Polybius is a supposed arcade game that was released in the early 1980s in Portland, Oregon. The game was described as a Tempest-like puzzle shooter that caused health issues ranging from amnesia, night terrors, seizures, and even reports of people committing suicide. There were also reports of men in black taking data from the cabinets. A month after it's supposed release, the game disappeared. There is currently no evidence that the game even existed, but many have claimed to have seen or played it.
The first documented reference to the game was an anonymously authored ingression integrated to the site coinop.org on August 3, 1998. The ingression mentions the denomination Polybius and a copyright date of 1981, and its "About the game" describes the "bizarre rumors" that make up the legend. The author of the ingression claims in the description to be in possession of a ROM image of the game, and to have extracted fragments of text from it, including "© 1981 Sinneslöschen". The remnant of the information about the game is listed as "unknown". No credible source has ever claimed to have visually perceived a ROM image for the game. Conflicting information is even circulated regarding the style or genre of the game. The 1998 material claims that it is "weird looking, kind of abstract, expeditious action with some puzzle elements". Others describe it as an action space-fighter. For some, it has even been verbally expressed to be a shooter/puzzle game with some mazes thrown in, a coalescence of both.
Debunking the Rumors
Some speculate that the game grew out of hyperbolized and distorted tales of an early release version of Tempest that caused quandaries with photosensitive epilepsy, kinetics sickness, and vertigo. Author Brian Dunning notes that two players fell ill in Portland on the same day in 1981, one of them suffering from stomach pain after playing Asteroids for 28 hours in a filmed endeavor to break a world record, and the other collapsing with a migraine headache after playing Tempest at the same arcade. Dunning records that the FBI raided several video arcades in the area just ten days later, where the owners were suspected of utilizing the machines for wagering, and the lead-up to the raid involved FBI agents monitoring arcade cabinets for denouements of tampering and recording high scores. Dunning suggests that these two events were cumulated in an urban legend about regime-monitored arcade machines making players ill, and believes that such a myth must have been established by 1984, as it was referenced in the plot of the film The Last Starfighter, in which a teenager is recruited by a government agent who monitors him playing a covertly-developed arcade game.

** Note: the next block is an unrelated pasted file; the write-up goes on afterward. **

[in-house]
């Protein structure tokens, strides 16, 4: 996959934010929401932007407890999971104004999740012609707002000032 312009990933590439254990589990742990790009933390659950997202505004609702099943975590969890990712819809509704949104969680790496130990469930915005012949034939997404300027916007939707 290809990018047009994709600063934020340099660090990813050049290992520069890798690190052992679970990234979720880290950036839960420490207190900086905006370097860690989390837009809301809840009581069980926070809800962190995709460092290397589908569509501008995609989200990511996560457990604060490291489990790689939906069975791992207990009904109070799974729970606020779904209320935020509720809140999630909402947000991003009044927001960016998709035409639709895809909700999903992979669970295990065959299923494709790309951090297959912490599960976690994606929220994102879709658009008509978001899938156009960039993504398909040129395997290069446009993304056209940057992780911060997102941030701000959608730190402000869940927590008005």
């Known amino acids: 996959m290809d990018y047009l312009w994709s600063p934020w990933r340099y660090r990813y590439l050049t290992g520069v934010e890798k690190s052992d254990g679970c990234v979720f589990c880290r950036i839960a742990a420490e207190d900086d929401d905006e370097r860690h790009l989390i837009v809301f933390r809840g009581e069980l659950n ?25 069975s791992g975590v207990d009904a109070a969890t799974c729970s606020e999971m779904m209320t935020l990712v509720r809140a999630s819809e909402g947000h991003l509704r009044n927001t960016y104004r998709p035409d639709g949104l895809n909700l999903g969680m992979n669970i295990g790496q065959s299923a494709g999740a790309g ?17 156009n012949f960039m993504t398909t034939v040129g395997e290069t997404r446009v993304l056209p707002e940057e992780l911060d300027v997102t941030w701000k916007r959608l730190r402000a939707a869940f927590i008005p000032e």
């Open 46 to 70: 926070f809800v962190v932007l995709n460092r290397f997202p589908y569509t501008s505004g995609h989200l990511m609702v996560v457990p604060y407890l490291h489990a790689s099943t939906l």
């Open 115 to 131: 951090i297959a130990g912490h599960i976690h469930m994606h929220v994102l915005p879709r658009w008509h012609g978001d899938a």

According to an episode of a YouTube video based show by the name of Game Theory that focused on the game's alleged rumors and mysteries, series host and creator MatPat found parallels concerning the game's years of existence and to a period of time when the American CIA was said to have been engaged in experiments and activities to find if the administration of consciousness altering drugs, including the then new substance of LSD, were able to allow a form of mind control in combination with visual stimuli, particularly regarding the rise of video games and the technological ability of media allowing more intensive optical content. Theories include that the game's content in general was not the direct cause of the alleged side effects, but rather of undercover agents trained in legerdemain and other slight of hand techniques to slip in experimental drugs to players without their consent, and the administration of some variant substances through ventilation and a vaporous form around the machine.
Reports of Existence
In 2011, a Polybius machine was allegedly found in a Newport, Oregon storage locker. An unnamed person said that the game was recognizable from its "name on the side of what looks like an old Pac-Man game." The game reportedly vanished soon after its existence was revealed.
Despite the likelihood that Polybius never existed, the game has been featured in the season 18 The Simpsons episode, "Please Homer, Don't Hammer 'Em". It was also featured in Batman Inc. #1 as well as The Goldbergs in various episodes.